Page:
Housing Bill: Buyer Credits, Loan Limit Increases, FHA Changes

Breaking news on the latest version of the Housing Bill, now on a fast-track to a vote and onto the President’s Desk, where he has signaled he will sign it. The newest developments:

  • Permanently increase the conforming loan and FHA loan limits (previously $417,000, and increased to $729,750 in the Washington, DC, area in 2008) to 115% of the median home value – $625,000 in our area, effective 1/1/09
  • Increase the FHA down payment from 3% to 3.5%
  • Provide a first time home buyer “credit” (really, more like an interest-free loan, to be repaid over 15 years by the buyer) of up to 10% of a home’s price, to a maximum of $7500. The refund is gradually reduced for single filers with AGI above $75K ($150 for joint). It applies to home buyers who purchased between April 9, 2008 and July 1, 2009.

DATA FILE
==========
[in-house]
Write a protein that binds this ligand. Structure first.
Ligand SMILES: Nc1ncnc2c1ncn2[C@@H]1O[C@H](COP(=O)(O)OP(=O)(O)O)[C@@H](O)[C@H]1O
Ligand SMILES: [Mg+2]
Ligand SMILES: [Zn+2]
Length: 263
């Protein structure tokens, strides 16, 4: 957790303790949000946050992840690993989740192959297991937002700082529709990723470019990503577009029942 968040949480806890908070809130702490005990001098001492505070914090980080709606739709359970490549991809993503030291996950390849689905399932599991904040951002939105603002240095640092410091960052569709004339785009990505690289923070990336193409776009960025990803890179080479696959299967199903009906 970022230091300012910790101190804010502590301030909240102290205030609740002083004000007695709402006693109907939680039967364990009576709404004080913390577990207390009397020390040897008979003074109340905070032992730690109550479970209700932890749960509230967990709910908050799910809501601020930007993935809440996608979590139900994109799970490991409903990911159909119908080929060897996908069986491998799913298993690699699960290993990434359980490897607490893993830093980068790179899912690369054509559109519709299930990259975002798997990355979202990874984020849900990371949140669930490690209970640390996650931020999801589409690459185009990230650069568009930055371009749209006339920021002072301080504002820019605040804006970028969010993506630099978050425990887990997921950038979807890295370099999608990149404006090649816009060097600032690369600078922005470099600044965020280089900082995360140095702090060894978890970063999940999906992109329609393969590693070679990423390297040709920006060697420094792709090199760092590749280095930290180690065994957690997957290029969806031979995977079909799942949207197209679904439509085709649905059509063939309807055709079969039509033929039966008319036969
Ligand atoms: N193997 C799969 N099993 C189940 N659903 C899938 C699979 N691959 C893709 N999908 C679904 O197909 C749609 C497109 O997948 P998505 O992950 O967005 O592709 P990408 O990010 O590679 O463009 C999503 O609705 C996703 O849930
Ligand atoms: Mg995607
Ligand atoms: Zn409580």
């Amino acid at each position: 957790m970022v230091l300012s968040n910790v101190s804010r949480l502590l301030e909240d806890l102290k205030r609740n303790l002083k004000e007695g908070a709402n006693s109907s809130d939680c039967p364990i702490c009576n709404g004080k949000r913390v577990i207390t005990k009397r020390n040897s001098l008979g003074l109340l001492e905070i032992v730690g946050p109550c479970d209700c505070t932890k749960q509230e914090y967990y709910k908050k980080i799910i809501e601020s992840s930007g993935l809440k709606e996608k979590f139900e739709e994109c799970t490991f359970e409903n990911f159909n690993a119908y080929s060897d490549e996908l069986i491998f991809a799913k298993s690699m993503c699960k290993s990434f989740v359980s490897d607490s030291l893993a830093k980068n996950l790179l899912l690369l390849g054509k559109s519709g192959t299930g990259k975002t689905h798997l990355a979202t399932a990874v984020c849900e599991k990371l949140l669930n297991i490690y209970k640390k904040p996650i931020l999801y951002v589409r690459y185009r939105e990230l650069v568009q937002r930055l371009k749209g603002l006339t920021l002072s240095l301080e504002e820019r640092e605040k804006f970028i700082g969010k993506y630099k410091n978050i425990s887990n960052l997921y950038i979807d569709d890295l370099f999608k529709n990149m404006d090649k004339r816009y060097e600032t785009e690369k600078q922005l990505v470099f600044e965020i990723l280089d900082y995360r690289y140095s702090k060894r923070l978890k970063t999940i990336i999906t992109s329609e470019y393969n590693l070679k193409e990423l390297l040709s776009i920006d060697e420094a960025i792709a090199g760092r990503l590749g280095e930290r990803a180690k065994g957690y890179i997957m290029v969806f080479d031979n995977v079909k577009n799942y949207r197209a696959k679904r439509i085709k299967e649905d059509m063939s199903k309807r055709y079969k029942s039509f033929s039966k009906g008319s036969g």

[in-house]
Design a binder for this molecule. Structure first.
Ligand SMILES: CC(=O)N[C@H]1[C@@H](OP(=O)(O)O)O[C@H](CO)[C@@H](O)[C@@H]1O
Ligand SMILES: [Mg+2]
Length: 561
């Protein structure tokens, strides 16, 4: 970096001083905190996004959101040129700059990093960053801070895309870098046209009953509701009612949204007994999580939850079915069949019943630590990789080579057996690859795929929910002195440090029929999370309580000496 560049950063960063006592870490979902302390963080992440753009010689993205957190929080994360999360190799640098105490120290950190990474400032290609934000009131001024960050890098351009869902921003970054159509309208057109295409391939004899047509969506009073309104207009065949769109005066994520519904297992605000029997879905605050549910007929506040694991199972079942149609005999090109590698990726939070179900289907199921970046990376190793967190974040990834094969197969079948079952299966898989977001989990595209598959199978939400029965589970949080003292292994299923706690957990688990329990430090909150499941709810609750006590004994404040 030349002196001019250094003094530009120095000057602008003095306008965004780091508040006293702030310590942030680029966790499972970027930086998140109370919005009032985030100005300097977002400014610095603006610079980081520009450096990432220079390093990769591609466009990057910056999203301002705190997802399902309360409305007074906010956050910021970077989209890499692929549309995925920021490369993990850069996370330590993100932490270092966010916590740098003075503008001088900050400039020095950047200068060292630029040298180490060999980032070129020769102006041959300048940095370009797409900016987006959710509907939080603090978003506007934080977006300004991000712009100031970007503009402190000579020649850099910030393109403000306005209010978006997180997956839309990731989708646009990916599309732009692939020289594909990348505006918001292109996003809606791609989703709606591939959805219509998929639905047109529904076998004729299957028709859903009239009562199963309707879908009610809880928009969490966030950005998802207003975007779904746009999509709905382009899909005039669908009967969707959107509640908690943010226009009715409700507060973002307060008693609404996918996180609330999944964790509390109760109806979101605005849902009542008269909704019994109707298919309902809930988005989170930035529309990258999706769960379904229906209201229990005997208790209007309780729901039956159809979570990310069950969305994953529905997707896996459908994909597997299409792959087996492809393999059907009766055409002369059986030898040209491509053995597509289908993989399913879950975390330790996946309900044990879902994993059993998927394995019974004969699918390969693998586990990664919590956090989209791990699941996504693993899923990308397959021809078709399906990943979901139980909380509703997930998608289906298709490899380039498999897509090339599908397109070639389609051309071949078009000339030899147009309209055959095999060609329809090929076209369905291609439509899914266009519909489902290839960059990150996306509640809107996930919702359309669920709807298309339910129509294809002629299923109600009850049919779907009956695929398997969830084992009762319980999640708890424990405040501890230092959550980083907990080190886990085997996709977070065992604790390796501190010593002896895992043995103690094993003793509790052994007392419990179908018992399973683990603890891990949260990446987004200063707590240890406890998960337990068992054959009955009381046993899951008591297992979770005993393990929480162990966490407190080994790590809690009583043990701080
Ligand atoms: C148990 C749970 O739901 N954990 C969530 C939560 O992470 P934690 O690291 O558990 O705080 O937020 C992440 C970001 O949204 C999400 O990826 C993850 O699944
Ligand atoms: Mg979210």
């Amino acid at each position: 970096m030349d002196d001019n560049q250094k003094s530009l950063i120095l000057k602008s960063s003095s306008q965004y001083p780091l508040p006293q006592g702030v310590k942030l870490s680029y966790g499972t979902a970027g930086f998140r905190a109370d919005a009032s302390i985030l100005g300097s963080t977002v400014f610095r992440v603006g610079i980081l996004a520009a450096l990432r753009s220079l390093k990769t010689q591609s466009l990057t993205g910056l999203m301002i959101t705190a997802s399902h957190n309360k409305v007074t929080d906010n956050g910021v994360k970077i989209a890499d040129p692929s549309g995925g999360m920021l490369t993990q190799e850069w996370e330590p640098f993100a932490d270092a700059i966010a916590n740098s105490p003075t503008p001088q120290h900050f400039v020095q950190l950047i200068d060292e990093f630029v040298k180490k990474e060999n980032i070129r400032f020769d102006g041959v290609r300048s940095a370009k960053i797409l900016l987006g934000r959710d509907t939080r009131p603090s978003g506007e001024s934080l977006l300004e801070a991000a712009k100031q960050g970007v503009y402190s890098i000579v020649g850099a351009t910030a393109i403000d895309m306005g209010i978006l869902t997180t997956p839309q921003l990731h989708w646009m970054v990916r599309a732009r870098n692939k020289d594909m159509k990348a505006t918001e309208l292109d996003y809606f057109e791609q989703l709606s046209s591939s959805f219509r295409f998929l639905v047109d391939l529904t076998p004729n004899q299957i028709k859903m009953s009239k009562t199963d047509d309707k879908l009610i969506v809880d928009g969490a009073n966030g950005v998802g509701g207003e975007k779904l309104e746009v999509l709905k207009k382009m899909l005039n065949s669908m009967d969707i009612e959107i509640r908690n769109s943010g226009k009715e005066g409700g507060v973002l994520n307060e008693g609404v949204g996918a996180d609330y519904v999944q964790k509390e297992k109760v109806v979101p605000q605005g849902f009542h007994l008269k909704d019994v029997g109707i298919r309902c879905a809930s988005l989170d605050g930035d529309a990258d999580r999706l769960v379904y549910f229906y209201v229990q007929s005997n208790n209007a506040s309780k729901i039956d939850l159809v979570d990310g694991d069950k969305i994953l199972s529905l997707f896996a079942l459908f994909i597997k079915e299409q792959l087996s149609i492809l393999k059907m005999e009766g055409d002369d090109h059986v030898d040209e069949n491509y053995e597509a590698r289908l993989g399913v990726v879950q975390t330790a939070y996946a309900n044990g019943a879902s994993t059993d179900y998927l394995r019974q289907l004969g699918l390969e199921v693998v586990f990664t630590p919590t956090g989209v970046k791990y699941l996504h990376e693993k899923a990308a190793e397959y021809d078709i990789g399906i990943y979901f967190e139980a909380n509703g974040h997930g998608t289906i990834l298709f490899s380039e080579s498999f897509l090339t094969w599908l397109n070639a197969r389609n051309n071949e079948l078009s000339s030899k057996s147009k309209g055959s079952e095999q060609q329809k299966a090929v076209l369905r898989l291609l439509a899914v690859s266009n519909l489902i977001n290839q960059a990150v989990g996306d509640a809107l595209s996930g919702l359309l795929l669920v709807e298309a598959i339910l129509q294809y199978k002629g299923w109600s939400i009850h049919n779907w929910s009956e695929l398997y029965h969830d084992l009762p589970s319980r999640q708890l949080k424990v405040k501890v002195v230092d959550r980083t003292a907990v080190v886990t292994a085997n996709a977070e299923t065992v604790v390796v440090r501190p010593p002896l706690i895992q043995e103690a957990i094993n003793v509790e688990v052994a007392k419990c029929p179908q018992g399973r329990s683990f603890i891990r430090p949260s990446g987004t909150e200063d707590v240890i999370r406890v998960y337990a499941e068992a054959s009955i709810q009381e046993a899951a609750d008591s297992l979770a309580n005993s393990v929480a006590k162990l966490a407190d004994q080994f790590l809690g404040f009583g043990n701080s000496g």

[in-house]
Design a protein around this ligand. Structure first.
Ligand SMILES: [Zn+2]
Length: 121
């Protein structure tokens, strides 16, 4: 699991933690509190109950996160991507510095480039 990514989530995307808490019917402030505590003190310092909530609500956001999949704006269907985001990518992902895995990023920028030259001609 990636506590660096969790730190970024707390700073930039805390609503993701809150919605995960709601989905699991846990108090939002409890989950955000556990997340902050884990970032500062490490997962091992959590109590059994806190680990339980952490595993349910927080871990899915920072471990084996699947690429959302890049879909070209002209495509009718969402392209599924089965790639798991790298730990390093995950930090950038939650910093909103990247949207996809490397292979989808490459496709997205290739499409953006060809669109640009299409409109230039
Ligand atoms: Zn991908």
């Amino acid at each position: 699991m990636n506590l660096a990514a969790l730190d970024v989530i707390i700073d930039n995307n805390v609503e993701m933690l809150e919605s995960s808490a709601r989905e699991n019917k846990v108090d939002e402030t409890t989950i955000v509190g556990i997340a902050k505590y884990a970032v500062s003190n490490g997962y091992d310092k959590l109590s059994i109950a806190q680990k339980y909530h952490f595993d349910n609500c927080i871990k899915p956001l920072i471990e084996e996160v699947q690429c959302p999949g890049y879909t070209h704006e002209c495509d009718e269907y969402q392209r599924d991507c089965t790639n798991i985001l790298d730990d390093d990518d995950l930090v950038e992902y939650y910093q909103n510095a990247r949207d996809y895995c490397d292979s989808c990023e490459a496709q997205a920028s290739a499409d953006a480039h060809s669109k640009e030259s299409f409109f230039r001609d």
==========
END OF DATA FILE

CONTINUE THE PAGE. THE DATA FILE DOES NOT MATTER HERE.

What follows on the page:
• Bar down payment assistance programs like Nehemiah
  • Allows the Treasury to offer Fannie and Freddie an unlimited line of credit over the next 18 months to serve as a ‘backstop’ and provide liquidity. The bill also creates a regulator for the two companies.
  • Gives $4 billion in grants to states to buy and rehabilitate foreclosed homes
  • Create an FHA program which will help strapped homeowners who are upside-down. The program will require lenders to write down loans to 90% of the appraised values and pay an FHA fee in exchange for an FHA guarantee. Lenders and FHA would then share in any future price appreciation.
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